26/05/2011Valerie Woodruffe, Welcome to The Political Sword. I hope you come back and visit our little blog often. We believe it is the best little community of bloggers in Oz. But we're biased. :) Now, I can understand that, after having listened to Alan Jones/Ray Hadley/ et al. in the HMV Shock Jock infotainment community, or read your daily copy of The Daily Telegraph or Herald Sun et al. in the Media/Mining Magnate-owned press, and then listened to your daily dose of the Tory Abbott Fear Campaign, you, as a seemingly poorly-educated and aware Pensioner, may have come to believe that the sky will fall in for you if a Price on Carbon is introduced by the federal government. So, let me reassure you, as a fellow Pensioner, who also has a couple of expensive teenagers to support with my meagre gruel of a Pension, um, which only the Labor government I will remind you, have increased the value of in recent years, for both myself and my teenage children, that you know what? You will actually end up BETTER OFF if a Price on Carbon is passed through the parliament of this great country(and greater for not having Tory Abbott and his Magnate henchmen and women anywhere near the levers of power). You see, and may you may not have got this in all the hubub created by the blaring of Mr Abbott, whose aim I hear today on the news, is to use every last breath in his political body(because it's always about the politics with Mr Abbott, and never the nation's, or the globe's best interests because they can't vote 1 'Tory'), to see that the Carbon Tax is never intriduced in this country. What. A. Dangerous. Fool. He. Is. And if only, Valerie Woodruffe you could see that too. Now, I don't know if you have had the chance to hear Tory Abbott's speech to the Manufacturing Industry last night, but in it he was trying to tell them that if they didn't move with the times they'd be OK and their comfy island home would be insulated by a Tory government from the slings and arrows of outrageous fortune. An outrageous fortune, I might add, that denies the reality on the ground in the rest of the world, because Mr Abbott was trying to say to them that the manufacturing world isn't changing around them, even as he speaks. That the manufacturing world isn't moving from constructing the parts for Coal-fired Power Stations to constructing the parts for Wind Turbines, Solar Panels and Electric Cars. No, stick with Tory, he was saying to them, and those modern-day equivalents of the Horse and Carriage that you are building, will always be preferred to the new technology. You will always have a steady stream of customers bringing trade $ into this country for your anachronistic widgets whilever he is your ruler. Hmm. Now, Valerie Woodruffe, stick with me here because this is where it gets a little bit complicated, and it seems you are one for the simple slogan as opposed to the boring, complicated but true answer. Now, if this country elects as its federal government a party who is prepared to wave as the Green Industrial Revolution caravan passes them by, and turn their back on them to go on digging holes in the ground that the world is going to be less and less inclined to buy the product of as it works out new ways to produce the energy that it provides with their own natural resources of wind, geothermal, wave and sun, then the price of those commidities will drop. It's called 'Supply and Demand'. Sure, they'll still buy our Iron Ore, Gas and other minerals, but our Terms of Trade will suffer as they power their own Steel Mills and other industries with their own power sources. So, the country has less revenue coming in, and if there's one thing that Greece is showing us that is that when other countries start growing Olives, no one wants yours so much anymore, and if you haven't diversified into new industries the base of the country's income collapses. So, if you have built your governmet's popularity riding off the back of an undiversified economy which hasn't kept pace with the rest of the world, your economy collapses to Tin Pot status. And you know who the guys at the top take money off to pay for their bad decisions? Pensioners. If you don't believe me look at Greece, Ireland, and America, where the Republican Party's solution to the Debt Crisis is not to penalise the wealthiest 1% but to take Medicare away from the elderly and Medicaid away from the poor. That is, instead of seeking to grow the pie, because the Republicans and their Fossil Fool backers also do not want to head towards a Renewable Energy future, they want to shrink the pie instead, in ever-decreasing, self-defeating circles. Like Tory Abbott. And not only that, to pay for his poor decisions he wants to make everyone, young and old, who is still capable of working, to work till they drop because he won't pay you a Pension until you do. And he won't provide any opportunities for the children of Pensioners on welfare, either. He prefers to use them as factory and farm fodder while the universities are open to to those who can pay for it, the children of the wealthy from overseas and those children of the poor who agree to take on an onerous burden of a loan to pay for their education. Nah, sorry, Valerie Woodruffe, but from the perspective of this Pensioner, I think a Price on Carbon pollution and the economic transformation it will enable for our country, is a good thing. And I think that a government which really cares about the welfare of Pensioners is a good thing. Not support for one man and his party who wants to take us for a ride in the wrong direction.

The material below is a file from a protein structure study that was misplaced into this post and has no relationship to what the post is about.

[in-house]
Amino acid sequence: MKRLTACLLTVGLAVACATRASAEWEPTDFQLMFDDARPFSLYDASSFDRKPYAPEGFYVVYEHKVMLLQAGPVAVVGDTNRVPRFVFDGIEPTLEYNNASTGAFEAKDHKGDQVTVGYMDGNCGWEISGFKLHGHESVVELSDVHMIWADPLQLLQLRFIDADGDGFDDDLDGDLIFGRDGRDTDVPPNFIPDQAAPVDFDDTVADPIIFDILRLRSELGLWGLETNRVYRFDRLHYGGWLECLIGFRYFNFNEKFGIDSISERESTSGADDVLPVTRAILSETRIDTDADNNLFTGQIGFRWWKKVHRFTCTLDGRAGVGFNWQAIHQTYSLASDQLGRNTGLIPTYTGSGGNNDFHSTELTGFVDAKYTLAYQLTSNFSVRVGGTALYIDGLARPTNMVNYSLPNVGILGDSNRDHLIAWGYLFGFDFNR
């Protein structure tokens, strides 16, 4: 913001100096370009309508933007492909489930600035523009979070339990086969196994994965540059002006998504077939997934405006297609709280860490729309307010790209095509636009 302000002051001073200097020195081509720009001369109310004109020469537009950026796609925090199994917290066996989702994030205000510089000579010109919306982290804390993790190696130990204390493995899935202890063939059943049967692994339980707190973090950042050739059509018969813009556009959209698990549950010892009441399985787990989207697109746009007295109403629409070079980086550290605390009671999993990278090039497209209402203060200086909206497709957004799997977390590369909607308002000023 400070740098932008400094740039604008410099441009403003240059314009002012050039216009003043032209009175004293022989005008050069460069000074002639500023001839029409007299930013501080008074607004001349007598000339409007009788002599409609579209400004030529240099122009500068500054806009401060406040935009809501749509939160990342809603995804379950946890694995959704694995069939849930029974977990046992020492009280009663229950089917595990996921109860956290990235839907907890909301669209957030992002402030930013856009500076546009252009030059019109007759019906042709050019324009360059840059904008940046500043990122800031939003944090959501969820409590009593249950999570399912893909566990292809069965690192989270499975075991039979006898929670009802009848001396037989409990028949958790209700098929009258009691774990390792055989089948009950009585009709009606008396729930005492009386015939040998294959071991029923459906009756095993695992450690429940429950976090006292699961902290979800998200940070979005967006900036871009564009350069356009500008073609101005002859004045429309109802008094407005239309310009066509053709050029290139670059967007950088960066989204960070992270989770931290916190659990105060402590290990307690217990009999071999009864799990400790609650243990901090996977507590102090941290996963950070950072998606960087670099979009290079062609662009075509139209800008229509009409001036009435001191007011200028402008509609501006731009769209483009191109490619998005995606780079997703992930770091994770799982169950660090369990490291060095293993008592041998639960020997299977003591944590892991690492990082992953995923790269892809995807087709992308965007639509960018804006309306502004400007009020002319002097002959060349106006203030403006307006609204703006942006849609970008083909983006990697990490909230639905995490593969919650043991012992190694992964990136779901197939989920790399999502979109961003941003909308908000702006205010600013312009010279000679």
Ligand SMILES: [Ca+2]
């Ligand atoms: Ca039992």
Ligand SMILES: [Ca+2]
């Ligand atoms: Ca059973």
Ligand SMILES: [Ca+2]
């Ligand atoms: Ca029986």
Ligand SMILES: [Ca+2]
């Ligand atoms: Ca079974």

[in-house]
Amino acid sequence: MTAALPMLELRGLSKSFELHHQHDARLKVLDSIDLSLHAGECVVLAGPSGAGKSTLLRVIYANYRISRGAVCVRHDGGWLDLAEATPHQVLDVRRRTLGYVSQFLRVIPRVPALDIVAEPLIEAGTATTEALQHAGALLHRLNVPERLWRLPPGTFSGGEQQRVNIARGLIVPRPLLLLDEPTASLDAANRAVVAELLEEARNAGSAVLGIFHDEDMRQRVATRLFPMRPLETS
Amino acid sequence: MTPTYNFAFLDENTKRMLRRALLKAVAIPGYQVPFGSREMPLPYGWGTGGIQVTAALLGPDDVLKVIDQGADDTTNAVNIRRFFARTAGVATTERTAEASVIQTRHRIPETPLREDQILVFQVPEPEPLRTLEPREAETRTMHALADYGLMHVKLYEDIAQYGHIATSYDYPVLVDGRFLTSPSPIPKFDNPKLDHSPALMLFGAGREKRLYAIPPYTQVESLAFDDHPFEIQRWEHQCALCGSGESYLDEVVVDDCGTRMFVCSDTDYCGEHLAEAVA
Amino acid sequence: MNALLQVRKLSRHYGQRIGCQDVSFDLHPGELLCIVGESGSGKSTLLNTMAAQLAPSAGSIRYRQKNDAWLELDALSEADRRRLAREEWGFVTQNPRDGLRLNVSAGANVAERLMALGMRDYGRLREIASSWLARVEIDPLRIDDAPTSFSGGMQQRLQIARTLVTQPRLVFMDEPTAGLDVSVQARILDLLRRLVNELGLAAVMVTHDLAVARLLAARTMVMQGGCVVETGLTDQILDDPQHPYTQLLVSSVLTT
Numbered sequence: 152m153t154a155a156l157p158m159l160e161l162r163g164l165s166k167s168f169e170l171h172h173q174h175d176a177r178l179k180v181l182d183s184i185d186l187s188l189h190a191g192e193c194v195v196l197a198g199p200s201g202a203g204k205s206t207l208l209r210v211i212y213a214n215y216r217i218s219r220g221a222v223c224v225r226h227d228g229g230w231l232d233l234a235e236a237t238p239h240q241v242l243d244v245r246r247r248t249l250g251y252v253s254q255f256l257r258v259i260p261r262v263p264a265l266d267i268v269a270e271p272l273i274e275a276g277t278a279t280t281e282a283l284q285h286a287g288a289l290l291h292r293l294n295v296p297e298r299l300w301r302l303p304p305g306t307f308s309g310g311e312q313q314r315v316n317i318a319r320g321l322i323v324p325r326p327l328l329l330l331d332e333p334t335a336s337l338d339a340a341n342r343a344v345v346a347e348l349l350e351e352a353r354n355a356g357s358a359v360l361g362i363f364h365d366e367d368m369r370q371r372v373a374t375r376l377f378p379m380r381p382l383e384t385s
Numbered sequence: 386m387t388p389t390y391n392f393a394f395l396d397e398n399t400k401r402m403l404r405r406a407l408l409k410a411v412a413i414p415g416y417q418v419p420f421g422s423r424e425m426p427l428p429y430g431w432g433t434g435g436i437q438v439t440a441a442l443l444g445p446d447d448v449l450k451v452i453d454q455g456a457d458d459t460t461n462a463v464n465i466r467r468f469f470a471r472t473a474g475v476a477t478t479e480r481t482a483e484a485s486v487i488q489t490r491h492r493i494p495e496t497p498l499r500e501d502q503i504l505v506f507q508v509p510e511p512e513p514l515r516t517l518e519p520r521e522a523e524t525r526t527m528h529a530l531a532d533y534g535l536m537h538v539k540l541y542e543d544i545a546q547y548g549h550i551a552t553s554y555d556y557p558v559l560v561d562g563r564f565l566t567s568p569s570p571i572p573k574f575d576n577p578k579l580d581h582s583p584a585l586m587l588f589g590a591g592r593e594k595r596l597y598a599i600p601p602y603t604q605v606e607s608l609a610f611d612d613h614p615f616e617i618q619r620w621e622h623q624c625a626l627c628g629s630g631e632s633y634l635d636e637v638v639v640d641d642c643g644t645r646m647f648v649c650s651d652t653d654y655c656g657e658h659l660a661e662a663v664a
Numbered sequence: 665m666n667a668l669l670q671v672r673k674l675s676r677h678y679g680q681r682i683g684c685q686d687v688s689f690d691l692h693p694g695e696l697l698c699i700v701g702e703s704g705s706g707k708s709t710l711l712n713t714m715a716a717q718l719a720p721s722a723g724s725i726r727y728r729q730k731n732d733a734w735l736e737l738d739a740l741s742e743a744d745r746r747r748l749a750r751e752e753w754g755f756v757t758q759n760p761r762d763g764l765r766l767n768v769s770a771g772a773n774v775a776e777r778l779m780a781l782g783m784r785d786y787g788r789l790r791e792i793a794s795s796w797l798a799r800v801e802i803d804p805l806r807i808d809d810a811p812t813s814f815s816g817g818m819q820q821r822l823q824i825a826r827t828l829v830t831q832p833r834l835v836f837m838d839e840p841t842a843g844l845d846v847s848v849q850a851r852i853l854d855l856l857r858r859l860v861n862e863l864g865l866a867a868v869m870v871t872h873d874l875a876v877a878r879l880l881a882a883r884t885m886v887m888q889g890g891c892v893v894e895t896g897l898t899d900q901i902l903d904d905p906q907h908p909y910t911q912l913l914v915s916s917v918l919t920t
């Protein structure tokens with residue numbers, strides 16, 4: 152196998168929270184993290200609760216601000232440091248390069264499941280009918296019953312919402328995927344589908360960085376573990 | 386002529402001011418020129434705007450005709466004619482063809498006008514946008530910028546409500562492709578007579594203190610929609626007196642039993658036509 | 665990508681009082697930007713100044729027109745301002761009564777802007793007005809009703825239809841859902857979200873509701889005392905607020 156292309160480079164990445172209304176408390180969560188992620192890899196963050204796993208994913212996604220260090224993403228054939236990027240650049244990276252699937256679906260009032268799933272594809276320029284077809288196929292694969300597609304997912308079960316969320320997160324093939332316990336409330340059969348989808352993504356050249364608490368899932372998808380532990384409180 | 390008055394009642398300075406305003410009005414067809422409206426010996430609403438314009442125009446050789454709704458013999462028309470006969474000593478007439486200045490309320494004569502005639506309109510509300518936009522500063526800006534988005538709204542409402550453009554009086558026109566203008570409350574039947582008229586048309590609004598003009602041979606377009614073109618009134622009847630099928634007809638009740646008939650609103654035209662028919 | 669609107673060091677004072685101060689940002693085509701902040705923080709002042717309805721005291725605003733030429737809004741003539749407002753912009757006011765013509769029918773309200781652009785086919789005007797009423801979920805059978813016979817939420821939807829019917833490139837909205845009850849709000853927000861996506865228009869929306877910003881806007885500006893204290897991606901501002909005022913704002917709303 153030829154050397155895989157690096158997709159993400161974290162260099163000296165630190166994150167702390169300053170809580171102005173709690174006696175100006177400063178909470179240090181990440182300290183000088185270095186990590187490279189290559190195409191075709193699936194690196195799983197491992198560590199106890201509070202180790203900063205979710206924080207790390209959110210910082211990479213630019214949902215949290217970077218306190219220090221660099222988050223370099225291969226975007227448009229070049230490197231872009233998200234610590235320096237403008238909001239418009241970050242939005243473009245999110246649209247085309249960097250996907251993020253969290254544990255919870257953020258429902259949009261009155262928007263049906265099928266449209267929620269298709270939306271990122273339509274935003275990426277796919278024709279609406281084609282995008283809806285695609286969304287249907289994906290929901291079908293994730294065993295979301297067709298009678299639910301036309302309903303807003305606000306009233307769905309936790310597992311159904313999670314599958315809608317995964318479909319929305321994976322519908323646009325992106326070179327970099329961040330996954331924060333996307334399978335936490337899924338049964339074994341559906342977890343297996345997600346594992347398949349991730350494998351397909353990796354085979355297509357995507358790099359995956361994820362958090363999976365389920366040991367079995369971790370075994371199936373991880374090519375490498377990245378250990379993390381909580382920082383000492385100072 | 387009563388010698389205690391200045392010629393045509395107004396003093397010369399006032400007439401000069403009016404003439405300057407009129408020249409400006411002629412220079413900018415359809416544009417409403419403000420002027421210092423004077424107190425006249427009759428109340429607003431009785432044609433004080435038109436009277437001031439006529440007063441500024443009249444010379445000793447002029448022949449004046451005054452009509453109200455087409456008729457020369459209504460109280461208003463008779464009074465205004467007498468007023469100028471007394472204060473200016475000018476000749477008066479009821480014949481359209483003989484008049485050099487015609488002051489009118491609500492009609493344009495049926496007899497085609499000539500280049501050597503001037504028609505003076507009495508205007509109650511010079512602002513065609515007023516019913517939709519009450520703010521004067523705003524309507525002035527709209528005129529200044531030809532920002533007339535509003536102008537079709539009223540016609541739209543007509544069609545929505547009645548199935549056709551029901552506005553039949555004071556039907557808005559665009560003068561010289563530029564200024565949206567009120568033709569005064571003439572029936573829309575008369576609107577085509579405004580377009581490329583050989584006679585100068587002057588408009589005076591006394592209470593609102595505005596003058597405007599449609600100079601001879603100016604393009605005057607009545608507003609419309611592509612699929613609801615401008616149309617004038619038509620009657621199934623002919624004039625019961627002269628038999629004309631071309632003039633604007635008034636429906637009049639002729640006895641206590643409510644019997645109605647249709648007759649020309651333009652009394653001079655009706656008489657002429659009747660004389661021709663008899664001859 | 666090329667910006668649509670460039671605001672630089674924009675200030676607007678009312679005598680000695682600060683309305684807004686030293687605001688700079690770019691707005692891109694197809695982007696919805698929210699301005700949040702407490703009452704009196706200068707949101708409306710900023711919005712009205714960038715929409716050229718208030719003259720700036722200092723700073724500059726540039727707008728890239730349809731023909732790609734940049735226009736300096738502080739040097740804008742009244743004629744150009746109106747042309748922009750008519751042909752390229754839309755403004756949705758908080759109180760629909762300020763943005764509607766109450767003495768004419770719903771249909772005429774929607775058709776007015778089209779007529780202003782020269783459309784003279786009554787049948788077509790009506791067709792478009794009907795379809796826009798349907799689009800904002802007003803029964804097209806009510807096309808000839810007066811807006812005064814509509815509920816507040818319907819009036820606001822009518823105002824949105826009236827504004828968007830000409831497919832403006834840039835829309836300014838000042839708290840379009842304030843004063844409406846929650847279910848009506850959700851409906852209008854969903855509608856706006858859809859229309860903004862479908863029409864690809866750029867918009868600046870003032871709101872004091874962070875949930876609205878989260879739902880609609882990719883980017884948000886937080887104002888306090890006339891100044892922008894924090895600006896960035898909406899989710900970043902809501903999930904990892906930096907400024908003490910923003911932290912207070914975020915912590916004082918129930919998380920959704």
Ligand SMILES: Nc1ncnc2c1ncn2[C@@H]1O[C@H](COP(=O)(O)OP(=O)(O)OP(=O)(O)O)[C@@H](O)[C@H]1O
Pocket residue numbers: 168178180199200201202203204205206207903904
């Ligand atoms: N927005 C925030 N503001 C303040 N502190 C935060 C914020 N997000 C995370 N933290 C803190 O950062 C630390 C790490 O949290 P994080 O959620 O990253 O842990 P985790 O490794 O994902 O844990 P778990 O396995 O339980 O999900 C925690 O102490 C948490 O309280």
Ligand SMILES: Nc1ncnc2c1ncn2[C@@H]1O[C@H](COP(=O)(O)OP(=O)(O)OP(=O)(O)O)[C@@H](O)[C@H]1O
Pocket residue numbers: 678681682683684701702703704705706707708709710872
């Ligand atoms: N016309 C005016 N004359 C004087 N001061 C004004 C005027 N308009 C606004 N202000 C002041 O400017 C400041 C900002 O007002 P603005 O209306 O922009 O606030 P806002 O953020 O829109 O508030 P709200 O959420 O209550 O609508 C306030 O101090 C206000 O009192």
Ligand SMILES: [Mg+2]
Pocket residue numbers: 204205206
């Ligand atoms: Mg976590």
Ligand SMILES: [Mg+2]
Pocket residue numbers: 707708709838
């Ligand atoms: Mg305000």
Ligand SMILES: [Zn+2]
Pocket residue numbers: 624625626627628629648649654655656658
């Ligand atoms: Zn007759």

lyn